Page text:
Teacher as a Researcher: Evaluation of Teachers' Perceptions on Scientific Research

Article excerpt


Reforms in education can only be done if teachers who apply these reforms directly participate in the reform process. Moreover, this participation can only be possible if teachers are trained through pre-service and in-service to have a researcher identity inclined to change and development. The main purpose of this study is to investigate elementary school teachers' perceptions about research conducted in their schools. The sample of the study consists of 42 female and 36 male teachers who worked at different elementary schools. Fifty four of the teachers were classroom teachers and 24 of them were branch teachers. The Teachers' Perceptions about Scientific Research Questionnaire developed by the researcher was used to gather the data. This instrument was developed on the basis of questionnaire prepared by Everton, Galton and Pell (2002) and consists of 4 questions about teachers' personal characteristics, 5 close-ended and 14 openended questions about teachers' perceptions on scientific research. Percentage and frequency distributions of the data were computed for the close-ended questions and content analysis was used for the open-ended questions. Results show that 27 % of the teachers benefited from educational research. The major means of reaching the research findings were media sources such as newspapers, television, radio etc. The least used sources were in-service education courses and communication with academicians. Thirty three percent of the teachers indicated that they really benefited from educational research findings. The major problems that teachers encountered about research were: the research topics being not interesting or related to teachers' real problems; research questions being unclear and too long; a researcher with weak human relation skills; and not believing the benefits of the research topic. It is concluded that the Ministry of Education and school administrators give little importance to research findings and do not care much about practical applications of research findings. Finally, it is concluded that schools have limited opportunities for research.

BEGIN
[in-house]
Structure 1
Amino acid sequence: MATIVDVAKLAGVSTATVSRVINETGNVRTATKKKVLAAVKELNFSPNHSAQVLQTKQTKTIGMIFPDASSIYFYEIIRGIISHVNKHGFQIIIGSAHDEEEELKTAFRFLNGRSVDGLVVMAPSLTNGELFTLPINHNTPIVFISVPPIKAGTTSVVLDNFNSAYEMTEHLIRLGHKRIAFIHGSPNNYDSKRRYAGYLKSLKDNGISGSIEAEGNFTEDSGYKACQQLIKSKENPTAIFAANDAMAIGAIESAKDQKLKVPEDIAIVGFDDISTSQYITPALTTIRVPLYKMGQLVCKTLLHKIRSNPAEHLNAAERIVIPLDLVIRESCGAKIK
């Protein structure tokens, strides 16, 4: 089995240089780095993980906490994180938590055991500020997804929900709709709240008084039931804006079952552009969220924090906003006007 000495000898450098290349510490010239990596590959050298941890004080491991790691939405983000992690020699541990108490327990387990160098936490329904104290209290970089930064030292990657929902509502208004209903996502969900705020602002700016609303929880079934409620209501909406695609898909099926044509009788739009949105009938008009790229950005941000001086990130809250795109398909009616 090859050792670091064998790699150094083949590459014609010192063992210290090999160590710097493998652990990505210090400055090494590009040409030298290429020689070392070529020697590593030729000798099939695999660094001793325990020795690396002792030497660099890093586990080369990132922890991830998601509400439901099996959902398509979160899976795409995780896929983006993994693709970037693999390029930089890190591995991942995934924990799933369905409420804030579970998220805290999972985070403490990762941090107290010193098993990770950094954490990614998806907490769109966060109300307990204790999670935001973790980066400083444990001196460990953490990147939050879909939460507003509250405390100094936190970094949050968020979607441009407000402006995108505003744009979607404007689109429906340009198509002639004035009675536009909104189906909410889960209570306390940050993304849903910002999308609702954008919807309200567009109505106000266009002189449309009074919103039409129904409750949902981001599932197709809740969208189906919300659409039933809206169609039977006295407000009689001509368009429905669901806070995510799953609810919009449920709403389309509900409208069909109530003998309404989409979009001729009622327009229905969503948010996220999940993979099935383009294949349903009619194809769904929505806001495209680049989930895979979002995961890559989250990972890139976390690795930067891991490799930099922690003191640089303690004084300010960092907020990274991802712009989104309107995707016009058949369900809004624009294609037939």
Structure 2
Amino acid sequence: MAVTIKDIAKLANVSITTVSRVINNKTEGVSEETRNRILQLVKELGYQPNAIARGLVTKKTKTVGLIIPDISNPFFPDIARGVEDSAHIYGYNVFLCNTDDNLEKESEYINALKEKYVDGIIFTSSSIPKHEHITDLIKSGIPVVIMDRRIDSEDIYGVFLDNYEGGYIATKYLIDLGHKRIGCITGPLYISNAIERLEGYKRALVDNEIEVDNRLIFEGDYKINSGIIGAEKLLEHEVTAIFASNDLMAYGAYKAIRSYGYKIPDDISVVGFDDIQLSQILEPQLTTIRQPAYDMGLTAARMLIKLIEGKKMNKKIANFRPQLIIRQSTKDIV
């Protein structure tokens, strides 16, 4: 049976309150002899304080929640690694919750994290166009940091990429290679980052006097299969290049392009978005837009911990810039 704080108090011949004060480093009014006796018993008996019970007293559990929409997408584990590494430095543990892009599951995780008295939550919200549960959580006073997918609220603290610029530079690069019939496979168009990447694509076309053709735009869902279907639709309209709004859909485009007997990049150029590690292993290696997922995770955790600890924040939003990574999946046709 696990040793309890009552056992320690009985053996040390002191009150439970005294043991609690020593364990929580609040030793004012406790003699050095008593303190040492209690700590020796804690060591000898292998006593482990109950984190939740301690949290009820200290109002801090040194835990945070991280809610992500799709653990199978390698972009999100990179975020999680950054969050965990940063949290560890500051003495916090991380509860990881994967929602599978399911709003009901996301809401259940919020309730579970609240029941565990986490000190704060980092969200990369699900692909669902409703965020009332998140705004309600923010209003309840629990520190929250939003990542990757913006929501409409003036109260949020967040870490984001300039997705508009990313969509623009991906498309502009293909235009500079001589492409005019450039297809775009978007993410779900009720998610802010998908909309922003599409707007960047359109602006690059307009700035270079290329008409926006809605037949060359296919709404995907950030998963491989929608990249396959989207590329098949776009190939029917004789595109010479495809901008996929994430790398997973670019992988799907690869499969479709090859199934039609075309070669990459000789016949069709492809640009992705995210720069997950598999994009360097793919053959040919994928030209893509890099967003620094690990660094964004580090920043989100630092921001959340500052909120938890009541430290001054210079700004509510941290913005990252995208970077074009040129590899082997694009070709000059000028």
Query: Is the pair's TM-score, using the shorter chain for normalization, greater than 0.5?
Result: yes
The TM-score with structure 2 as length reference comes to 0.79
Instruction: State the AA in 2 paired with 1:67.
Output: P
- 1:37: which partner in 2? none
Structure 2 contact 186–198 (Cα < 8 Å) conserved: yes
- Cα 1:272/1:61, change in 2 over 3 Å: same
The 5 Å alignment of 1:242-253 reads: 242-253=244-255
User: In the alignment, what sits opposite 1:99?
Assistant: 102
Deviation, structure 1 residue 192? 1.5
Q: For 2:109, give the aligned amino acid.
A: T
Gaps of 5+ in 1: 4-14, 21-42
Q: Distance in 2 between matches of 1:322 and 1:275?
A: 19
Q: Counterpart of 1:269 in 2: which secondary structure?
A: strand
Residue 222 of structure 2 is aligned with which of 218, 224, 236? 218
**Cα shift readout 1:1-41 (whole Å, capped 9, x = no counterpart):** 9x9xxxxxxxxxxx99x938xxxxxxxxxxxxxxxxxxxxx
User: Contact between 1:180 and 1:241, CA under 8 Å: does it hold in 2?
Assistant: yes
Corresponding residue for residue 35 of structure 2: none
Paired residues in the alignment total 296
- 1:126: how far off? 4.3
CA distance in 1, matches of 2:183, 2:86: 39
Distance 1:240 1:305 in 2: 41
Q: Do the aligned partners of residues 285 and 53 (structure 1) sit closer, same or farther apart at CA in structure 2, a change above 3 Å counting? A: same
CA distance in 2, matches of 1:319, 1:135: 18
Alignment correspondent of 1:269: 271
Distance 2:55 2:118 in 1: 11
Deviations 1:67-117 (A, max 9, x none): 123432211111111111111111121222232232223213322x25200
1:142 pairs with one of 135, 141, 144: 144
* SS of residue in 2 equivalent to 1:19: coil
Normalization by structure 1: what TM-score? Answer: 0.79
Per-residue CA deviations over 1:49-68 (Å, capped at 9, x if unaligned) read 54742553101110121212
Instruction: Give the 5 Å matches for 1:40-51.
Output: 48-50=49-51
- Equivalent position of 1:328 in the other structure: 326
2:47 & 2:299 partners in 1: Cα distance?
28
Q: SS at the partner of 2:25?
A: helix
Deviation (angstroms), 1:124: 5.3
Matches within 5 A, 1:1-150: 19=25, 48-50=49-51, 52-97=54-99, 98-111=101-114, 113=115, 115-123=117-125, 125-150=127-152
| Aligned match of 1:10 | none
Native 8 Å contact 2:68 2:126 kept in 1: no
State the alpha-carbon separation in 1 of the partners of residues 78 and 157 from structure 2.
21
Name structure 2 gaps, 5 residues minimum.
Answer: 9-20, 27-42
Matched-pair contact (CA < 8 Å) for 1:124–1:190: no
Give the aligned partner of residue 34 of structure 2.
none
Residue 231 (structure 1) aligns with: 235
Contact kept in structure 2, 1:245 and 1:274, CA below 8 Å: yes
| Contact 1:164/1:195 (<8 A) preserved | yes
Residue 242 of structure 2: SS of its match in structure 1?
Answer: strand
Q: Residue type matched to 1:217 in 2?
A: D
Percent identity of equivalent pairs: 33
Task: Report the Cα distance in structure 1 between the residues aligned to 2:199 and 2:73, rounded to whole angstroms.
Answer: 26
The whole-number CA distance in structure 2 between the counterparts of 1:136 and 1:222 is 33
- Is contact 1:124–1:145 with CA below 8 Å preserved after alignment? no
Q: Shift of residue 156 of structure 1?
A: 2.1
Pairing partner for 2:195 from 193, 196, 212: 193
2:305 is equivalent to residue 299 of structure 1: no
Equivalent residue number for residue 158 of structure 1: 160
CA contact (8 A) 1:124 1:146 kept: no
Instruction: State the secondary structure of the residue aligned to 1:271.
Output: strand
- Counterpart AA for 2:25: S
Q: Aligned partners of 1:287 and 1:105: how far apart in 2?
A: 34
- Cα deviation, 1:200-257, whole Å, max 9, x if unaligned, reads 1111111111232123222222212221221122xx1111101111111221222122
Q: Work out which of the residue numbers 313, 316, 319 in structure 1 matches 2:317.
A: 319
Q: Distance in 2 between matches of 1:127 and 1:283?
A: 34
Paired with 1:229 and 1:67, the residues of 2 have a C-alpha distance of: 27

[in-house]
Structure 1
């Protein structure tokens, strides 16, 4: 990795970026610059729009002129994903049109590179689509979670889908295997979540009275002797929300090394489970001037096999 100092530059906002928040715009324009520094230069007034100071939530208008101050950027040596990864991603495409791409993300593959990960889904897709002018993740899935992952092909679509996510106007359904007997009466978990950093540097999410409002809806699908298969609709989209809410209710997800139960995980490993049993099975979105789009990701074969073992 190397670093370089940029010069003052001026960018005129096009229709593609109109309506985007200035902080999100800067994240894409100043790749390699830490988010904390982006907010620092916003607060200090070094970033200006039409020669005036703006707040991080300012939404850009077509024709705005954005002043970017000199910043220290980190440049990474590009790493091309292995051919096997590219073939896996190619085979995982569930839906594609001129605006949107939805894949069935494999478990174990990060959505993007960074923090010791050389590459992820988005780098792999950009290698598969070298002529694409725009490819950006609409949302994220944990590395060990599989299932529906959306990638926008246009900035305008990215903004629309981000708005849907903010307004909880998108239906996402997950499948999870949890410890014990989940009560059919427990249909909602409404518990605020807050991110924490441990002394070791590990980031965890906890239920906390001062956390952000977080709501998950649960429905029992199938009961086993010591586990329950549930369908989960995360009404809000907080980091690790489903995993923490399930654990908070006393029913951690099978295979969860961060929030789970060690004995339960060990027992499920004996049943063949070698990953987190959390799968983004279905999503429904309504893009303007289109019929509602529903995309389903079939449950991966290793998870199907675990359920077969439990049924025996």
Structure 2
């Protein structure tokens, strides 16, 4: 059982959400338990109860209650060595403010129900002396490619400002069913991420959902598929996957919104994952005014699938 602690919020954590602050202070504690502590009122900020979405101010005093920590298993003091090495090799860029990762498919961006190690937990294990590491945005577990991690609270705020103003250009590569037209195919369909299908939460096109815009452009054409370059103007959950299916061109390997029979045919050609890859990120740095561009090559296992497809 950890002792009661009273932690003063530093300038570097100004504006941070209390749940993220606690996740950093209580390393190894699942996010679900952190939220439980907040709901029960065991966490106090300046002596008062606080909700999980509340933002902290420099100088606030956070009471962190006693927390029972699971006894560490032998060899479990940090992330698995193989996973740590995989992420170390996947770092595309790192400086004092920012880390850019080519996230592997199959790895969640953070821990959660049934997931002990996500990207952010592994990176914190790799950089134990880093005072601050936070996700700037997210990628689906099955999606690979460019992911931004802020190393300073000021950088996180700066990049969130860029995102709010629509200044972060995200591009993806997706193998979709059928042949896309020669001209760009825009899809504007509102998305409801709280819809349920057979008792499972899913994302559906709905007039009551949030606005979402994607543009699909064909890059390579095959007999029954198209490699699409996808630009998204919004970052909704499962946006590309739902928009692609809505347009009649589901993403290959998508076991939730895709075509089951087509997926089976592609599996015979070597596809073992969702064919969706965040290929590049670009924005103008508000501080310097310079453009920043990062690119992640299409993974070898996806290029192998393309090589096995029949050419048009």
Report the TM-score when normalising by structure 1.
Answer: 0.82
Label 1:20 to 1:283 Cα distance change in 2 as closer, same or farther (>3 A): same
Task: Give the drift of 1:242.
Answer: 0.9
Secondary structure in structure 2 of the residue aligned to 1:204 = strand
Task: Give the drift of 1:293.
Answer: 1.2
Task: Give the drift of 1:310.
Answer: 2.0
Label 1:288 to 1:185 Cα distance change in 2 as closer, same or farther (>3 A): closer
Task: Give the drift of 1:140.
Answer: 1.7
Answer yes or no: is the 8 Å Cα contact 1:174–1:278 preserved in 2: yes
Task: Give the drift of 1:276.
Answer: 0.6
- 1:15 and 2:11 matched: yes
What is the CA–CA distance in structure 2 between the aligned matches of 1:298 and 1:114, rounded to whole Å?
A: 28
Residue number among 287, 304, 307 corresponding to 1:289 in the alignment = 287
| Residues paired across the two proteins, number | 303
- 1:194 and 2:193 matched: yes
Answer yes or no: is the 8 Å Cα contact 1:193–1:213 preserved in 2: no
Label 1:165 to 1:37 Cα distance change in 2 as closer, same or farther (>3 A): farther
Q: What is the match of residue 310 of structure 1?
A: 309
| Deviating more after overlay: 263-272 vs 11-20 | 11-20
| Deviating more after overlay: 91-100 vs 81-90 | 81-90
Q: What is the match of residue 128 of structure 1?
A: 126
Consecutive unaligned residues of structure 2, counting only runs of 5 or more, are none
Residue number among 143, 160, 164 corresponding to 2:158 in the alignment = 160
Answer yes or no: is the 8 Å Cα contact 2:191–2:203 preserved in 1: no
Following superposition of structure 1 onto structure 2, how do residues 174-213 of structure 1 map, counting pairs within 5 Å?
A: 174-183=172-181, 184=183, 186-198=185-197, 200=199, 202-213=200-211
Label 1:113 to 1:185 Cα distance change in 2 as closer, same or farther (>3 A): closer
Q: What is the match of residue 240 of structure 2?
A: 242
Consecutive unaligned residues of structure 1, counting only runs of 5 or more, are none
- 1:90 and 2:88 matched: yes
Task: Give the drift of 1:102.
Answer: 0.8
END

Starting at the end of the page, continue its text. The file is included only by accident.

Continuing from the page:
Key Words

Scientific Research, Teacher as Researcher, Teachers Perceptions on Scientific Research.

For a successful reform process, teachers must renew their knowledge and skills and keep themselves open to learning and development. Educating teachers with a researcher identity is an important goal in teacher education programs. It has been pointed out in the literature that not only do teachers not conduct research, but also they are not the spectators of professional publications or the user of research results (Alber & Nelson, 2002; Babkie & Provost, 2004; Cuban, 1988; Hastie, 1992; McBee, 2004; Richardson, 1990; Shamai & Kfir, 2002; Shkedi, 1998). Basic research creates knowledge and applied studies aim to use this knowledge in resolving real-life problems. It has been suggested that the basic and applied research be integrated. No research study can single out teachers from this scientific process in the field of education and social sciences. According to Shamai and Kfir (2002), participating in a research means being in a partnership in creating the knowledge. But Shkedi (1998) indicated that there is a big gap between the researchers' and teachers' worlds and research literature is not a part of teachers' libraries. Shkedi point out two reasons why there is this big gap. The first reason is the language used in research reports. The language is usually found to be difficult to understand for teachers. The other reason is the lack of communication between researchers and teachers in practice. According to White (1992), there is another reason and that is academic research is not based on practice.

Çepni and Küçük (2002) indicated that it is difficult to find much research that was conducted by teachers in the Turkish educational literature. They considered this issue as an indicator of the teachers' lack of research culture and the lack of skills in scientific writing. …


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